Baker, C. (2011). Foundations of bilingual education and bilingualism (Vol. 79). Multilingual     matters


3 thoughts on “Bilingual education in China”

  1. Ethan:

    I agree with your point. To me, the issue with bilingual education in China is that it always looks like formality. The sad fact is that education is still very much test-based; as a result, what teachers and students really care is the test result (rote memorization) rather than the skills they will learn. On the other hand, the education ministry lacks an effective evaluation system to determine the effect of bilingual education.


  2. Hello Sihong Chen,

    Very interesting post. I also agree with the fact that bilingual education is not well constructed especially in some parts of Asia. For instance, in Saudi Arabia the kids who are enrolled in bilingual schools are turned out to speak mostly in English and have very poor Arabic language skills. That actually tells me that these schools are more English oriented and have less to do with teaching Arabic language with assuming that children will learn it outside the school. I remember how difficult it was to communicate with my friend’s 5 yeas old boy who study in bilingual program in Saudi Arabia. He struggle to understand what I was saying in Arabic but communicate fluently in English. I wonder how his social life will look like when he surrounded by his cousins and friends who speak only the dominant language which is Arabic! What type of identity that the child will build through learning poor Arabic when it is the dominant language? Hens, I believe that in some parts of Asia like in the case of Saudi Arabia and China, bilingual programs should be redefined to improve their quality and effectiveness to achieve better learning experience and encourage student long life learning.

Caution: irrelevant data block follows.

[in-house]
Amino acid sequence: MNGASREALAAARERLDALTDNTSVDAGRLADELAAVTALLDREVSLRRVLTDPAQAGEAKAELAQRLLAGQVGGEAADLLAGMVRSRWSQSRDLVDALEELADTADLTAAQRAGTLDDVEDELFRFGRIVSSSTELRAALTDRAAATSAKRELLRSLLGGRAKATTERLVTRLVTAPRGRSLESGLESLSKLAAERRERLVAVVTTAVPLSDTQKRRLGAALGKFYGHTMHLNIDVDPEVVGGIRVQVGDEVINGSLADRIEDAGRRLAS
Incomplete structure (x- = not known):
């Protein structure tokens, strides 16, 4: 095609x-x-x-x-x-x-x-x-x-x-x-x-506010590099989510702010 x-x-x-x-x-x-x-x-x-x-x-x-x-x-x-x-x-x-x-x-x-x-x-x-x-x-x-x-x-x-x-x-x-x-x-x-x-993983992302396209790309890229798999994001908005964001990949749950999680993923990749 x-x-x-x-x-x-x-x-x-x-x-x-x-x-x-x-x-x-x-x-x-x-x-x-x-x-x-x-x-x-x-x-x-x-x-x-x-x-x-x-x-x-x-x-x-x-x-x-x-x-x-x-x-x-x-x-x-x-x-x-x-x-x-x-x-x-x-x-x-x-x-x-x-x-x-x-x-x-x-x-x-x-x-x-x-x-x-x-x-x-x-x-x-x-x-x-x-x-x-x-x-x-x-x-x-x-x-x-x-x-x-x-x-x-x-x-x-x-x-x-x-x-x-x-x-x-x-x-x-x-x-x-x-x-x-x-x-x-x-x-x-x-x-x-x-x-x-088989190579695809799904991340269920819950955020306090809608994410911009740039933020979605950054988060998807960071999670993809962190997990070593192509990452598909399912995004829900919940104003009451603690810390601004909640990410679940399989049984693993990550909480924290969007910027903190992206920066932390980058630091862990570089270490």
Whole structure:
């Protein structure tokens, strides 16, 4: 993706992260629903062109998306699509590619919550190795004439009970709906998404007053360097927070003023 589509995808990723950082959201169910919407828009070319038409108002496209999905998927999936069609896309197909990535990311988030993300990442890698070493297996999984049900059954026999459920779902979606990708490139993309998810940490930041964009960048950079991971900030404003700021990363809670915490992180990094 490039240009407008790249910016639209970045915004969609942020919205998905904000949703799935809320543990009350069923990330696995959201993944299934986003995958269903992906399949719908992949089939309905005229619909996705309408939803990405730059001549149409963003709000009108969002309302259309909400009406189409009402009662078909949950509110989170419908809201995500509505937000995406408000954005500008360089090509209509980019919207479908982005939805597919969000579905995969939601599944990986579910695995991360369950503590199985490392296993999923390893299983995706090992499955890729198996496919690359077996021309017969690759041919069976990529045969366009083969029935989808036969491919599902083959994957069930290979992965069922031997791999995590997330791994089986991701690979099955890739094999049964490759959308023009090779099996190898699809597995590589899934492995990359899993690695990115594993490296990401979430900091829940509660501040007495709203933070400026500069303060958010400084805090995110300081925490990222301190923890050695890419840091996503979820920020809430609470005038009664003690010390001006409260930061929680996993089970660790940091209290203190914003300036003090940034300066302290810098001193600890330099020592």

Faten Alzaid


  3. Hi Sihong,

    I really like your objective and critical reflection on the status quo of bilingual education in China. Every time English learning and teaching in China is mentioned, there is always more criticism than appreciation. I think this is because that Chinese style of teaching always leaves people an impression of being test-oriented. It is more like a tool to pick out some students for higher education, students who are more hardworking and skillful in getting good marks in English exams. Developing learners’ bilingual ability seems out of the teaching goals in syllabus. But, to some extent, situations are somewhat better now. As far as I observe, for some schools, especially some international schools, they really care about students’ communicating skills and they don’t just prepare their students for the national college entrance examination. They see the long-term benefits as what you mentioned. Even though it went slowly, bilingual education in China is progressing. We should no longer look at things in old ways, right? Thank you for reminding me of that!